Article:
– My bedding is 2/3 newspaper and 1/3 cardboard, and I feed about once every 2 weeks with food waste from the kitchen.
    – The worms are redworms from eBay. Sometimes I swear they are better at producing more worms than they are at producing compost! I’ve given worms away to friends and finally had to start eBaying. Left to themselves, the worms would fill the entire bin with worms, and then harvesting would be impossible.
    – 1 month before harvesting, I “pre-harvest” by pushing the bottom layer (blacker, moister, more done) to one side and the top layer (half-decomposed newspaper) to the other side. I feed on both sides evenly until the week before harvest, when all the food goes into the unfinished side. Then I scoop out the finished side and use it in my window garden.

    My friends and I just started a blog this very day — please leave us comments and love! Just click on my name to jump there.

    • Lynn
    • February 15, 2011

    I’m working with an upward migration stackable plastic tray system and my biggest misunderstanding is about adding more trays. I seem to do fine with two trays, but never can seem to get any higher than that. Usually end up harvesting just when I might add a third tray. Any ideas out there with others using this type of bin? Hold off maybe and add that third tray?

    What I harvest is awesome dark and semi-moist (10 lbs last tray full) so no complaints there – but I always have a fair number of worms and cocoons to pick out too… sure would like to go higher??

    • Terri
    • February 15, 2011

    Lynn, your experience is very similar to mine. Some of the worms never get around to migrating upward. And it’s just as you say, just when a third tray might be appropriate, it’s time to harvest the bottom.

    • Cookie
    • February 16, 2011

    Terri and Lynn I have a tiered system to add another layer just do not harvest instead add the next tray. I am feeding my top tray and have so many worms right on top when I lift the lid. I’d rather just add more trays than harvest because I think I’ll be removing cooccons and some worms. My tray system is outside (California) sitting on the ground ( dirt) I don’t use the leggs or the bottom liquid collector. So for me I’d like to buy more trays and just keep adding up. It would be easier to feed when I don’t have to bend down so far. Then when my tray layers are at a max. height for me. What I think I’d do is put the top tray on the ground next to my current system and only feed the new worm trays until i think all the worms that will move have moved over. I have shared worms with both friends and family and have a family that saves worm food for me I feed 2 or 3 times a week and feed big chunks (whole fruits potatoes celery heads lettuce heads) as well as small bits strawberry stems carrot peels When I put a half egg shell in and look at it in a few days it is full of worms it kind of looks like they have moved it like it’s a home. Well I am really enjoying my worms I just wish i could feed them dairy and bones and bits of meat scrapes.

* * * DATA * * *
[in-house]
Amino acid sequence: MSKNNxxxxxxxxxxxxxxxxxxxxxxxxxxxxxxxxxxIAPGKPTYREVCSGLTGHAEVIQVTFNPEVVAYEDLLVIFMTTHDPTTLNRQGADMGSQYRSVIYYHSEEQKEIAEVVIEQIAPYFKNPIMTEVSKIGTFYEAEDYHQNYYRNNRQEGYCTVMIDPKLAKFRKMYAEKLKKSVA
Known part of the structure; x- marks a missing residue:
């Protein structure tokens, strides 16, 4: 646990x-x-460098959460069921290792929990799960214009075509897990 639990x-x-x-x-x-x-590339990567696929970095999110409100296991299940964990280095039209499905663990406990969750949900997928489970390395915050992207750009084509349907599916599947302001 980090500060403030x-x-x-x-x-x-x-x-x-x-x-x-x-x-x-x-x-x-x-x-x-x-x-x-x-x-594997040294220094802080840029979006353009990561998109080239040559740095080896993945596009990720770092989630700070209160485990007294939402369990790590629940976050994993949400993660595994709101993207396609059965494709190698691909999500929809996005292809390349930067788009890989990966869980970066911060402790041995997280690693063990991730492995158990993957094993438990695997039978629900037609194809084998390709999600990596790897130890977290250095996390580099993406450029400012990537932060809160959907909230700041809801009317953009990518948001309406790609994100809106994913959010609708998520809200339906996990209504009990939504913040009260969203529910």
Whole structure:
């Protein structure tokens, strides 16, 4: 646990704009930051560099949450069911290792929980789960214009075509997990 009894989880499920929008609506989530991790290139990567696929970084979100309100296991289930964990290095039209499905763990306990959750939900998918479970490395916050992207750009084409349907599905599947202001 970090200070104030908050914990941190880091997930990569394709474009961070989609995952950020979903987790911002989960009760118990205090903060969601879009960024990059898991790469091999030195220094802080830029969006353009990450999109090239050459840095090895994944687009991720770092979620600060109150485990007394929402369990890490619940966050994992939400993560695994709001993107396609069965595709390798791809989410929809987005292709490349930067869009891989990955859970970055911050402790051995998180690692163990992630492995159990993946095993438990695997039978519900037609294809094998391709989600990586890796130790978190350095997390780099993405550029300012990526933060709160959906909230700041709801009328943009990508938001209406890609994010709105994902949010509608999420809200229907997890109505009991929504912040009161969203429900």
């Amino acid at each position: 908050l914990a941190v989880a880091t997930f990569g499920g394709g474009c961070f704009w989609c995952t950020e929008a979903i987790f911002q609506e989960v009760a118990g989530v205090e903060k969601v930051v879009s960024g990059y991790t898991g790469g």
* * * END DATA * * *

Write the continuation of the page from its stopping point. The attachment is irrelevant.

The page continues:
Cookie

    • Scott
    • February 16, 2011

    Hi,
    I’ve been trying a 3 plastic bin tiered system. It’s working pretty good. I do have to mix the container up every week or so and add shredded paper. The bottom bin holds anything that drains out. (empty every 2 weeks or so)The next bin is the old first bin with 4 support boards for the next bin (newest stuff). I waited until the bottom bin had almost no worms in it them took that bin out of the stack. I figured whatever worms that were left in the bin would complete the finishing off. Is this going to be a problem? I do keep it lightly covered with an old bed sheet. It doesn’t seem to be drying out.

    P.S. The stuff draining out does wonders to my house plants. I dilute it 1:10 I use it whenever the bottom bin gets full enough of liquid to reach the next bin. Plants flower that following week.

    • Lynn
    • February 16, 2011

    Thanks Cookie for some good feedback. i will try to refrain from harvesting my bottom tray – which you are right – often contains both worms and cocoons along with the awesome dark compost…. so I will leave it longer and add on top.
    Not sure how tall you are… or how many extra trays you would like to get you up to a more comfy feeding height, but I have quite a few extra new trays from when I was selling these upward migration systems… I’m in Florida so what ever shipping might be involved, I’m sure we could work out a nice deal to get you more trays. Let me know if you are interested. Thanks again.

    • Kristy
    • May 11, 2011

    I have a 4 tiered, upward mobile system. The problem is, I haven’t harvested any vermicompost b/c the worms won’t leave! I have 3 tiers full of very moist, darm material with hundreds of worms per handful. I’ve recently added the fourth tier to my system, and I really would like to harvest some of the material. I use a food processor to chop my worm scraps, so I think there is a leaching of liquid material through the tiers and supplying the guys on the bottom tier. Any ideas? Do I try to dry out the material and lose worms? Stop feeding chopped material?? Any comments are much appreciated.

    • Terri
    • May 16, 2011

    If it were me, I’d just go ahead & harvest the bottom tier. I always have to sort worms & cocoons out of my VC. I think the idea that they will all migrate upward is a bill of goods.

    • Louise
    • August 4, 2011

    Dear S, we had change of management recently on my farm. I am trying to understand more of our worm farm (2 x 7m x2m walled). We ar in a winter rain fall area and in the past the worm farm was “harvested” in winter. Will this be the correct practice? yes, our use ar for vericompost and the current consistance is “fine”. recently lots of mulching was added, thus the lots of worms on the top layer.